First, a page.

• Not a Zulu tribe 🙂

      I have all my content written for me by native English speakers. Most of my sites also get a custom-made header.

      I’m able to cut down the costs so much because I build them in bulk. If you were to do the same process for just a couple of sites it would cost you more.

      • btbuzz says:

        Right native speaking english speakers , I love that term. Right you use the same theme over and over again .maybe you switch up on baby themes to counter balance a a lot looking the same like green pintos in the 70ties. Ive read your blogs you seem successful in your field.

      • Yeah, I do have to admit that the $30 price point makes it an easier pill to swallow in case something happens to this site. Moreover it’s easier to “throw s*** against a wall and see what sticks.”

        My question: Do you spend the $30 as a baseline and THEN reinvest more money if you start to see it gain traction?

    • JustinWCooke says:

      Interesting site, Ben. Be sure to check back in and let us know how it’s going!

      • ben says:

        Yeah sure , I’m in Cebu now , staying here for who knows how long. Though selling music is tuff biz , I’m hoping on reaching to songwriters since I’ve been a songwriter for along time. Will have to work angles on it , any suggestions I’m all ears.. Id move to Davo but i don’t look good in a turbane , I’m kidding . , see ya

  • RaxBundalian says:

    I think the key point is – “BALANCE between good heart, righteous mind & happy wallet.” 😉

  • JamesInJapan says:

    Great Post, debate and exposition of the
    concepts. I think the key underlying point for me is the relying-on-Google

    Within my first month online, about a year ago, I got my Adwords account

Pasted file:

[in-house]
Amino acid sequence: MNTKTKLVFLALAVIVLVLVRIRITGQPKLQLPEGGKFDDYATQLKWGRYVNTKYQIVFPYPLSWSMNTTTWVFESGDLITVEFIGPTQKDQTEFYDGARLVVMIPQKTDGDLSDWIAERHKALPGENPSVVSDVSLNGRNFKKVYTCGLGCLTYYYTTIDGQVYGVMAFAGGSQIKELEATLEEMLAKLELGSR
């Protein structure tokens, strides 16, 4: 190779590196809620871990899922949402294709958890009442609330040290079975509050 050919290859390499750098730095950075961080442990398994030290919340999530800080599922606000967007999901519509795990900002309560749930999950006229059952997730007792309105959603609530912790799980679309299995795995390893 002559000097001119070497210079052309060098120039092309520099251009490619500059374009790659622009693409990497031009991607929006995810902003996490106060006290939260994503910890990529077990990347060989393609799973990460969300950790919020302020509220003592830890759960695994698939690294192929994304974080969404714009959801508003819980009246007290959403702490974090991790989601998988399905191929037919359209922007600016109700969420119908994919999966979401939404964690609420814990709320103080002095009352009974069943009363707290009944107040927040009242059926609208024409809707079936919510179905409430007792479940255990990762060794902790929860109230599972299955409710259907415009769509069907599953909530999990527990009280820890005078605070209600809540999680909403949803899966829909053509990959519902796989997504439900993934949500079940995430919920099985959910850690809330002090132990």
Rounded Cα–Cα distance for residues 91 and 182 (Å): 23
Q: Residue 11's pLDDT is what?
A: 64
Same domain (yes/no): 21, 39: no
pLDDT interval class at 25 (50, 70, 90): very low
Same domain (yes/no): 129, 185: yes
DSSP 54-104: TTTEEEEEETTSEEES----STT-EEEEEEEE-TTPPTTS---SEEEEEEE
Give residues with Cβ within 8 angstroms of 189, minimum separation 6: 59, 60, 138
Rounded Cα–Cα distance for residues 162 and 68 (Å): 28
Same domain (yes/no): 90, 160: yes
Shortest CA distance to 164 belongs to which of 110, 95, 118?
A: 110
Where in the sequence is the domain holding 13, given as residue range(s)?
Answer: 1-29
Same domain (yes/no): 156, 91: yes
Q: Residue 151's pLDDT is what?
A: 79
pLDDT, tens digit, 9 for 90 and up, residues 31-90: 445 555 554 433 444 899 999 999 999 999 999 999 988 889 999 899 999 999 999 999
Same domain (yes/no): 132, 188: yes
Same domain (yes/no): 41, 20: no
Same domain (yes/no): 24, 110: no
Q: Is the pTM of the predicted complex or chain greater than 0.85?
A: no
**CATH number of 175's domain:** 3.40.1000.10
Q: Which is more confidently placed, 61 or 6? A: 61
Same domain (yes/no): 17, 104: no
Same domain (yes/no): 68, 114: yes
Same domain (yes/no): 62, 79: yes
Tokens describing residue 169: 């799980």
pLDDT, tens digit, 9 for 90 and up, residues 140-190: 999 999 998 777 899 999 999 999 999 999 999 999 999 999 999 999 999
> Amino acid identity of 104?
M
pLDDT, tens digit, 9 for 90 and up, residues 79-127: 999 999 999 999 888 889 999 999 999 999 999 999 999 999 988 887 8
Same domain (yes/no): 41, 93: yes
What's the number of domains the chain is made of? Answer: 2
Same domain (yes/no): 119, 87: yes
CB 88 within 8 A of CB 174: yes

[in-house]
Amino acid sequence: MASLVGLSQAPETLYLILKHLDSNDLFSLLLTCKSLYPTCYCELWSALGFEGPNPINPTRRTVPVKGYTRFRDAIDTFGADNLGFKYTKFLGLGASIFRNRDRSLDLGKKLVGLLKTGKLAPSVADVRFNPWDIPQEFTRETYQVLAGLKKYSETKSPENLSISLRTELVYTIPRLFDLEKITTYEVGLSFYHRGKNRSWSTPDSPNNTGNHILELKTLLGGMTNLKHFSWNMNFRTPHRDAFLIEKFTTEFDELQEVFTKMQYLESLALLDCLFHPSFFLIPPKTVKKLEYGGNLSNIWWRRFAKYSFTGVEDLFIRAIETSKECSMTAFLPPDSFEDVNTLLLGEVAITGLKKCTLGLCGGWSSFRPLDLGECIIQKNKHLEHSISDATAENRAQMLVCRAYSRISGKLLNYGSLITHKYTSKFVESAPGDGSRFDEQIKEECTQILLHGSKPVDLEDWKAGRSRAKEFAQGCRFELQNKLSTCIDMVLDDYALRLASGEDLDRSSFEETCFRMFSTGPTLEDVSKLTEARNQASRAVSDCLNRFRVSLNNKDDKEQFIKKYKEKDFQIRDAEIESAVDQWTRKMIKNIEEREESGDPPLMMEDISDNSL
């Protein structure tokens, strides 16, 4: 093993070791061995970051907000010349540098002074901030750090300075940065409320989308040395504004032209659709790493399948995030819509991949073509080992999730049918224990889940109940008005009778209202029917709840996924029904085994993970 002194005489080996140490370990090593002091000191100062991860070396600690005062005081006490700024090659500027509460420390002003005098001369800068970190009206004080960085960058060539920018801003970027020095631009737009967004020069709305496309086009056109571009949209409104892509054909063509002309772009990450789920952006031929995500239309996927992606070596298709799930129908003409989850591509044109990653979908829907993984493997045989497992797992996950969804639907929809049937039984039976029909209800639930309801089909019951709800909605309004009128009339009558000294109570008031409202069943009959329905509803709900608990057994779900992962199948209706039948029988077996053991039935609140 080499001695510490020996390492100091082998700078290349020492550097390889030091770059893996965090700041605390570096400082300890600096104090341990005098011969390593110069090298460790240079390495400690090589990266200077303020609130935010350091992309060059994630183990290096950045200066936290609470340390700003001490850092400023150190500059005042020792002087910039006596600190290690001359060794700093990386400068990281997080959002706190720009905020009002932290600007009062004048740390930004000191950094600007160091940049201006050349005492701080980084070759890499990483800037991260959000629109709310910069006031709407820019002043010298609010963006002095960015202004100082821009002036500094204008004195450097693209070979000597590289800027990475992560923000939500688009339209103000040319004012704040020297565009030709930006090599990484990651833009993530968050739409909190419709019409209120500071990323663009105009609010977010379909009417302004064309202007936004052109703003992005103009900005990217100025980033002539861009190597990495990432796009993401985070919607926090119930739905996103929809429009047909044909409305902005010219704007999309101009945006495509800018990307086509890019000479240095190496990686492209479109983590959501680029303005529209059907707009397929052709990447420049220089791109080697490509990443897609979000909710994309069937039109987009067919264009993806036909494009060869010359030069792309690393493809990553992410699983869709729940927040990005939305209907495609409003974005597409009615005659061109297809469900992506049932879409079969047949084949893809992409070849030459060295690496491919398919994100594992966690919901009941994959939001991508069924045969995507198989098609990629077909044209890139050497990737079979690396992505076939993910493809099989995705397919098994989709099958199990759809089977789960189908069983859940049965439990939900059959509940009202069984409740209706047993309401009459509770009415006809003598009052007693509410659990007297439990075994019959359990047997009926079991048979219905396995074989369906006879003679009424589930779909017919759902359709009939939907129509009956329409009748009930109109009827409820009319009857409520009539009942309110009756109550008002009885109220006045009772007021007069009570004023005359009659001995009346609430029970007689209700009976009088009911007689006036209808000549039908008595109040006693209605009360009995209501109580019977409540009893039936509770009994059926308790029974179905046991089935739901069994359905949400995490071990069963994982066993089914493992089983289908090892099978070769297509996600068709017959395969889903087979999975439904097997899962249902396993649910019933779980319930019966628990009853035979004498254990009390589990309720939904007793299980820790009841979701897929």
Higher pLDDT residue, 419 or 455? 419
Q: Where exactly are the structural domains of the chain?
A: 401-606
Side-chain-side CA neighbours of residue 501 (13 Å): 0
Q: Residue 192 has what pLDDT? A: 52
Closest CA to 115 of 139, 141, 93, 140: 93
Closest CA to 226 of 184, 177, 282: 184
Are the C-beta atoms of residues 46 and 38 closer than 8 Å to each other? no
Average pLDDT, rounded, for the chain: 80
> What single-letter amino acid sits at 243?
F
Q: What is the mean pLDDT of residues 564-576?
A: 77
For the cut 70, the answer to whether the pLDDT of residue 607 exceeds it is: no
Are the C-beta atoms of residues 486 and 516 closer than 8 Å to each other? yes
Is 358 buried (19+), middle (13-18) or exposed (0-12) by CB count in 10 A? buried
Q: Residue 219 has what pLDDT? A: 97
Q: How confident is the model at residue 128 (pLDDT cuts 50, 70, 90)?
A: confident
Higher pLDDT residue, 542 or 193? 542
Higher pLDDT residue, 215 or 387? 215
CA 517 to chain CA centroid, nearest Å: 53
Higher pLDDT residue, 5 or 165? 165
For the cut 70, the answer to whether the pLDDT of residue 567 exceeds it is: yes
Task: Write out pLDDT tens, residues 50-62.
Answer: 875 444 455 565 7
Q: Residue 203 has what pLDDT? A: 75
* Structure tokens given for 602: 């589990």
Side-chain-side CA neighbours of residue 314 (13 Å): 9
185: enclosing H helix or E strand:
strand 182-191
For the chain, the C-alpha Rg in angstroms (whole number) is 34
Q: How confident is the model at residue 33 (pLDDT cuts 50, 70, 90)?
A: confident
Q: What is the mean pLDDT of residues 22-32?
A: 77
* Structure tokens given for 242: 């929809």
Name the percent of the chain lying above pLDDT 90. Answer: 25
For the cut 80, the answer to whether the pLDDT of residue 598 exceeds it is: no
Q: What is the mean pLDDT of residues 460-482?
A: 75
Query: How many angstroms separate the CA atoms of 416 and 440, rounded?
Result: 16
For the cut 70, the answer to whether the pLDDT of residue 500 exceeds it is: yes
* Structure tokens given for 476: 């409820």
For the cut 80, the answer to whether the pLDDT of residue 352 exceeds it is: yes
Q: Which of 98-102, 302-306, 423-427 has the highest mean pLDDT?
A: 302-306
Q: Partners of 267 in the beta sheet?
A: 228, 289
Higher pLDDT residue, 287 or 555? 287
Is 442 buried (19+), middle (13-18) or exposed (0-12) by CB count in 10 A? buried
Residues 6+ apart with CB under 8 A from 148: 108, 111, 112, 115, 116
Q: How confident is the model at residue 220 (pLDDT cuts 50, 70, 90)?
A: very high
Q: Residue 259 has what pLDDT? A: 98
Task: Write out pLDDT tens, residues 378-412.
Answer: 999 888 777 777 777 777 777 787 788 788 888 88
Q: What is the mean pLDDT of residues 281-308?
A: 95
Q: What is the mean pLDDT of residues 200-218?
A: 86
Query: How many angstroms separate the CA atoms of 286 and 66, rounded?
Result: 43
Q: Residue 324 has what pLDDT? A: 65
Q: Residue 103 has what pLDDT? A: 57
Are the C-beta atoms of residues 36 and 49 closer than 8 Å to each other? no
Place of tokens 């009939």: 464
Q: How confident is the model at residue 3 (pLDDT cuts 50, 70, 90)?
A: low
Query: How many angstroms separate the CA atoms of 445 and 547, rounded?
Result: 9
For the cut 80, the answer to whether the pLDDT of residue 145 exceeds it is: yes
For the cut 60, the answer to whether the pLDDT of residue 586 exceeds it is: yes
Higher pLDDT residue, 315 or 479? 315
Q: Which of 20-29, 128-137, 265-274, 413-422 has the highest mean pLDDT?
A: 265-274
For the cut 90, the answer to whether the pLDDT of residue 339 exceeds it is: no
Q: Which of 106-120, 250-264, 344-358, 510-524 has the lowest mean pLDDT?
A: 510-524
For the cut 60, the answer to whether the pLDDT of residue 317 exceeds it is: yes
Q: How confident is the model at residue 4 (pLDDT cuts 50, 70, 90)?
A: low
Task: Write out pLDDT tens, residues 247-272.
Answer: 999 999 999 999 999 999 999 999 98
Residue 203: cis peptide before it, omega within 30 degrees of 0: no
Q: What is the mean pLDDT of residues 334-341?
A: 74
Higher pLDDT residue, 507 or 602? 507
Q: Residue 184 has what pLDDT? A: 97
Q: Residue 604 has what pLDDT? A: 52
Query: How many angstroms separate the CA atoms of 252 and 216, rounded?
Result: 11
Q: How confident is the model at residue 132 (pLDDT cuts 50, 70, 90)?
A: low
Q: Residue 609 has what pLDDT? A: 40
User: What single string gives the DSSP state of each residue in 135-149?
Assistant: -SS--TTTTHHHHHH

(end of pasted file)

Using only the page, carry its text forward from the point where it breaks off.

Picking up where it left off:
banned. I was doing nothing black or grey hat, was following simple steps
    outlined in a plan by a successful web entrepreneur (John Jonas), and simply
    trying out ppc. I had literally 1 or 2 small campaigns going. I got a message
    saying that I had REPEATEDLY violated Google’s terms and would be banned from
    Adwords. (repeatedly!?). I was in disbelief, as I had not even gotten a
    warning, of any kind, was a brand new advertiser, and was doing every thing
    possible to do things by the rules. No history of websites, spam creation,

    I wrote in, trying to get at least an acknowledgement that they may have
    flagged me in error, or -jeez, at least give someone a warning to modify
    something before banning them, but as you can guess, no response was

    The moral of the story for me is-How can you trust an entity (businesswise) who
    is not only all-powerful in terms of your internet search presence but also
    offers no recourse if they punish you in error? Since this event, I lost trust
    in Google, and think that there is a Russian Roulette feel to profiting from
    their services.

    I still am doing some Adsense, but any opportunity to limit dependence on
    Google is highly coveted.

    James in Japan

    • JustinWCooke says:

      Thanks, James!

      A good warning here for others: Just because someone else is doing it doesn’t mean it’s ok. Should read the Terms Of Service yourself to make sure what you’re doing is under their guidelines.

      Google’s a pretty large company. You can HATE AdWords and still LOVE Android, if that makes sense. Similar in effect to me going to Sacramento, having a really bad experience with a couple of people, and warning others that people in Sacramento are ____.

    • James –

      I had the same experience with Adwords (twice.)

      But, I’d have to agree with Justin. I love Google as a search engine. And I’m a big fan of Gmail. Overall, I don’t agree with their policies when it comes to hammering people and giving no explanation.

  • Jason says:

    You should do an audio version, even if it’s not a live debate. Everyone could record their thoughts individually and splice them together.

    • JustinWCooke says:

      Hey Jason…that’s an excellent idea! Maybe we’ll have to work something like that out for a future podcast episode. That does sound awesome, eh?

      • That would be cool with me 🙂 Or I’d love to hear you do a similar theme with other Internet marketers. I love podcasts that bring in people with conflicting viewpoints on topics. Makes things interesting.

  • RaxBundalian says:

    I just so love this “Battle of the Internet Minds” kind of discussion… Very entertaining and educational! Well done Justin & Joe. Cheers. See you at the poolbar after my yoga class! 😉